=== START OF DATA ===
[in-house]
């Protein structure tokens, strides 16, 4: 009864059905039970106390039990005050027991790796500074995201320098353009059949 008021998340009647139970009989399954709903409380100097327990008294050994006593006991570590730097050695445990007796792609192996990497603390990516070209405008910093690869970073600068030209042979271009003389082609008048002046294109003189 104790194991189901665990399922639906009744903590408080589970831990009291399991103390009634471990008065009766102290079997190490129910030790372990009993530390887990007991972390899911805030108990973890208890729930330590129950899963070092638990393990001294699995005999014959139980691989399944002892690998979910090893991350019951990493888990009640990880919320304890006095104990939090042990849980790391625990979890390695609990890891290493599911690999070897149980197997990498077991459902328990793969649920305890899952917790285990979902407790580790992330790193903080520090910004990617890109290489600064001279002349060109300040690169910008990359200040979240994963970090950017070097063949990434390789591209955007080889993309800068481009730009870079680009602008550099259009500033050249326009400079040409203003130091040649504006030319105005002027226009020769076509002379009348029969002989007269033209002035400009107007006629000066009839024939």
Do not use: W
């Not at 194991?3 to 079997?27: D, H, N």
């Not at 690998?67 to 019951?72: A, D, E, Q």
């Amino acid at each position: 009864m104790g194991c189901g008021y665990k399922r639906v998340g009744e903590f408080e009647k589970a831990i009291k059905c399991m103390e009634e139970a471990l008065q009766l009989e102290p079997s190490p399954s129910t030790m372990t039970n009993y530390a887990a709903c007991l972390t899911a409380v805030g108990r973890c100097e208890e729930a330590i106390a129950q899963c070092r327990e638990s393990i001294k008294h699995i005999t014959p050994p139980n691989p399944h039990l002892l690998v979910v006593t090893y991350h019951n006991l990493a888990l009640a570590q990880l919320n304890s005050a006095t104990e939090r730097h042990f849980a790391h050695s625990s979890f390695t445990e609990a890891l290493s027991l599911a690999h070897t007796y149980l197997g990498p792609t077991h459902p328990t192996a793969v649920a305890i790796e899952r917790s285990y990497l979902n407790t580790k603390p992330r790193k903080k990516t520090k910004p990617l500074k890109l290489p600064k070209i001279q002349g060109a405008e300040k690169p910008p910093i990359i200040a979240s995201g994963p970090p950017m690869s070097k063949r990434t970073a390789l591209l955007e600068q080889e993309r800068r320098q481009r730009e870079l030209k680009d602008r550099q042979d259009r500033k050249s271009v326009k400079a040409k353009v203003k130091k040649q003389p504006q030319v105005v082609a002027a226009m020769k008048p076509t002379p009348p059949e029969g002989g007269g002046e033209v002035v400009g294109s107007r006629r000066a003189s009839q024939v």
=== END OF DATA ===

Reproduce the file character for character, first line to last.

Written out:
[in-house]
């Protein structure tokens, strides 16, 4: 009864059905039970106390039990005050027991790796500074995201320098353009059949 008021998340009647139970009989399954709903409380100097327990008294050994006593006991570590730097050695445990007796792609192996990497603390990516070209405008910093690869970073600068030209042979271009003389082609008048002046294109003189 104790194991189901665990399922639906009744903590408080589970831990009291399991103390009634471990008065009766102290079997190490129910030790372990009993530390887990007991972390899911805030108990973890208890729930330590129950899963070092638990393990001294699995005999014959139980691989399944002892690998979910090893991350019951990493888990009640990880919320304890006095104990939090042990849980790391625990979890390695609990890891290493599911690999070897149980197997990498077991459902328990793969649920305890899952917790285990979902407790580790992330790193903080520090910004990617890109290489600064001279002349060109300040690169910008990359200040979240994963970090950017070097063949990434390789591209955007080889993309800068481009730009870079680009602008550099259009500033050249326009400079040409203003130091040649504006030319105005002027226009020769076509002379009348029969002989007269033209002035400009107007006629000066009839024939």
Do not use: W
């Not at 194991?3 to 079997?27: D, H, N």
């Not at 690998?67 to 019951?72: A, D, E, Q």
């Amino acid at each position: 009864m104790g194991c189901g008021y665990k399922r639906v998340g009744e903590f408080e009647k589970a831990i009291k059905c399991m103390e009634e139970a471990l008065q009766l009989e102290p079997s190490p399954s129910t030790m372990t039970n009993y530390a887990a709903c007991l972390t899911a409380v805030g108990r973890c100097e208890e729930a330590i106390a129950q899963c070092r327990e638990s393990i001294k008294h699995i005999t014959p050994p139980n691989p399944h039990l002892l690998v979910v006593t090893y991350h019951n006991l990493a888990l009640a570590q990880l919320n304890s005050a006095t104990e939090r730097h042990f849980a790391h050695s625990s979890f390695t445990e609990a890891l290493s027991l599911a690999h070897t007796y149980l197997g990498p792609t077991h459902p328990t192996a793969v649920a305890i790796e899952r917790s285990y990497l979902n407790t580790k603390p992330r790193k903080k990516t520090k910004p990617l500074k890109l290489p600064k070209i001279q002349g060109a405008e300040k690169p910008p910093i990359i200040a979240s995201g994963p970090p950017m690869s070097k063949r990434t970073a390789l591209l955007e600068q080889e993309r800068r320098q481009r730009e870079l030209k680009d602008r550099q042979d259009r500033k050249s271009v326009k400079a040409k353009v203003k130091k040649q003389p504006q030319v105005v082609a002027a226009m020769k008048p076509t002379p009348p059949e029969g002989g007269g002046e033209v002035v400009g294109s107007r006629r000066a003189s009839q024939v």